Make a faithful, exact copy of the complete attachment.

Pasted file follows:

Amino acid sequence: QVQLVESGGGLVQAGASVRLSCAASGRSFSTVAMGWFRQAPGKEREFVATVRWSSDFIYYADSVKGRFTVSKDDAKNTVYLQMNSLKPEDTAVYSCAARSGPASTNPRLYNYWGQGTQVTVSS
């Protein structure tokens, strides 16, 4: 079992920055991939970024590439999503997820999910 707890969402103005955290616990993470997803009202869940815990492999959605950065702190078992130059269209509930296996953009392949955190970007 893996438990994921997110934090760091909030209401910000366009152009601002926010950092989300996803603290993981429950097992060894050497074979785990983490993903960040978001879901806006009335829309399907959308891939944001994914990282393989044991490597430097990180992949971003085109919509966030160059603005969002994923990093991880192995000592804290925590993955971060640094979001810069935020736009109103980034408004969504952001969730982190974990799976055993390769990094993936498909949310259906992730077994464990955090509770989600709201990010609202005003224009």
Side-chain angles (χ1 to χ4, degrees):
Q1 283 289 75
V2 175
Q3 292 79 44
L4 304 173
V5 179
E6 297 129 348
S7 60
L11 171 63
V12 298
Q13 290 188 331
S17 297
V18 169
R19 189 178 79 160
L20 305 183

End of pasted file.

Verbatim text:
Amino acid sequence: QVQLVESGGGLVQAGASVRLSCAASGRSFSTVAMGWFRQAPGKEREFVATVRWSSDFIYYADSVKGRFTVSKDDAKNTVYLQMNSLKPEDTAVYSCAARSGPASTNPRLYNYWGQGTQVTVSS
């Protein structure tokens, strides 16, 4: 079992920055991939970024590439999503997820999910 707890969402103005955290616990993470997803009202869940815990492999959605950065702190078992130059269209509930296996953009392949955190970007 893996438990994921997110934090760091909030209401910000366009152009601002926010950092989300996803603290993981429950097992060894050497074979785990983490993903960040978001879901806006009335829309399907959308891939944001994914990282393989044991490597430097990180992949971003085109919509966030160059603005969002994923990093991880192995000592804290925590993955971060640094979001810069935020736009109103980034408004969504952001969730982190974990799976055993390769990094993936498909949310259906992730077994464990955090509770989600709201990010609202005003224009």
Side-chain angles (χ1 to χ4, degrees):
Q1 283 289 75
V2 175
Q3 292 79 44
L4 304 173
V5 179
E6 297 129 348
S7 60
L11 171 63
V12 298
Q13 290 188 331
S17 297
V18 169
R19 189 178 79 160
L20 305 183